IC 4991 - Lenticular Galaxy in Sagittarius
IC 4991 is a Lenticular Galaxy in the Sagittarius constellation. IC 4991 is situated south of the celestial equator and, as such, it is more easily visible from the southern hemisphere.
See also IC 4991 rise and set times.
Given its B magnitude of 12.33, IC 4991 is visible with the help of a telescope having an aperture of 8 inches (200mm) or more.
Photometric information of IC 4991
The following table lists the magnitude of IC 4991 in different bands of the electomagnetic spectrum (when available), from the B band (445nm wavelength, corresponding to the Blue color), to the V band ( 551nm wavelength, corresponding to Green/Yellow color), to the J, H, K bands (corresponding to 1220nm, 1630nm, 2190nm wavelengths respectively, which are colors not visible to the human eye).
For more information about photometry in astronomy, check the photometric system article on Wikipedia.
The surface brightess reported below is an indication of the brightness per unit of angular area of IC 4991.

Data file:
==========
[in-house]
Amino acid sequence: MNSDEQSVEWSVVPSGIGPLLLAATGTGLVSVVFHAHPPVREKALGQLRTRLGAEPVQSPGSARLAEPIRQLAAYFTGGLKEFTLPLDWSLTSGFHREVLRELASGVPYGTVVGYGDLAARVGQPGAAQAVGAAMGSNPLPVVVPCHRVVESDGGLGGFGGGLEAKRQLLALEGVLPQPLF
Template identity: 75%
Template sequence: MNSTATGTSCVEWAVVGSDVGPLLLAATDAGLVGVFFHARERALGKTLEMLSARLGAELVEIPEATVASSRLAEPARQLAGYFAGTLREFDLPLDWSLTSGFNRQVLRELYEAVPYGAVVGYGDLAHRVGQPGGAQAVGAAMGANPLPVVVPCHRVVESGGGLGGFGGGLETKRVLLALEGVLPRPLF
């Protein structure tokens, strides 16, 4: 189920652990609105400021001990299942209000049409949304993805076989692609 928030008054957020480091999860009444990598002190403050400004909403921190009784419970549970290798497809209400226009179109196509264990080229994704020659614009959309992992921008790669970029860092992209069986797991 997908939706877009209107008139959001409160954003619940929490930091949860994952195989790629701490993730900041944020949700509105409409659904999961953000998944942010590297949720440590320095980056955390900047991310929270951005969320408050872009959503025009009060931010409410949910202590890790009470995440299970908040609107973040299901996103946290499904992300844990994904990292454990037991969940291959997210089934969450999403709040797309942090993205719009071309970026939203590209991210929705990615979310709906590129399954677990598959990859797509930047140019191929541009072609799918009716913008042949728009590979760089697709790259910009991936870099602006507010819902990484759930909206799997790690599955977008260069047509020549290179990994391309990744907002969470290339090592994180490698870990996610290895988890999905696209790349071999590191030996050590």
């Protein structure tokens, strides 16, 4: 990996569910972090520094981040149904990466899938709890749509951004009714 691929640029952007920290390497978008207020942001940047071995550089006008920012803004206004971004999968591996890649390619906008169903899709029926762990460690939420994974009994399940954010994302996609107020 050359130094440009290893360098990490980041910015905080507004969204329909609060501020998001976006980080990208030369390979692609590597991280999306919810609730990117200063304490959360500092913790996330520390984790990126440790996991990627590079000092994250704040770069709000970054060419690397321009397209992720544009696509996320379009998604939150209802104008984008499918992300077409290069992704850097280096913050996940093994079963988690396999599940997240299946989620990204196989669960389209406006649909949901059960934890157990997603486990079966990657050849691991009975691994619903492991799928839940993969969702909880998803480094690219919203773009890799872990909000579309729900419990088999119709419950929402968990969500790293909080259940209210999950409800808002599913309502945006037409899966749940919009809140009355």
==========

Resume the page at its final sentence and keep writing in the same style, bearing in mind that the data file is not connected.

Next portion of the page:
Apparent size of IC 4991The following table reports IC 4991 apparent angular size. The green area displayed on top of the DSS2 image of IC 4991 is a visual representation of it.
Digitized Sky Survey image of IC 4991
The image below is a photograph of IC 4991 from the Digitized Sky Survey 2 (DSS2 - see the credits section) taken in the red channel. The area of sky represented in the image is 0.5x0.5 degrees (30x30 arcmins).
IC 4991 - Lenticular Galaxy in Sagittarius morphological classification
IC 4991 - Lenticular Galaxy in Sagittarius is classified as Lenticular (S0) according to the Hubble and de Vaucouleurs galaxy morphological classification. The diagram below shows a visual representation of the position of IC 4991 - Lenticular Galaxy in Sagittarius in the Hubble de Vaucouleurs sequence.
Celestial coordinates and finder chart of IC 4991
Celestial coordinates for the J2000 equinox of IC 4991 are provided in the following table:
The simplified sky charts below show the position of IC 4991 in the sky. The first chart has a field of view of 60° while the second one has a field of view of 10°.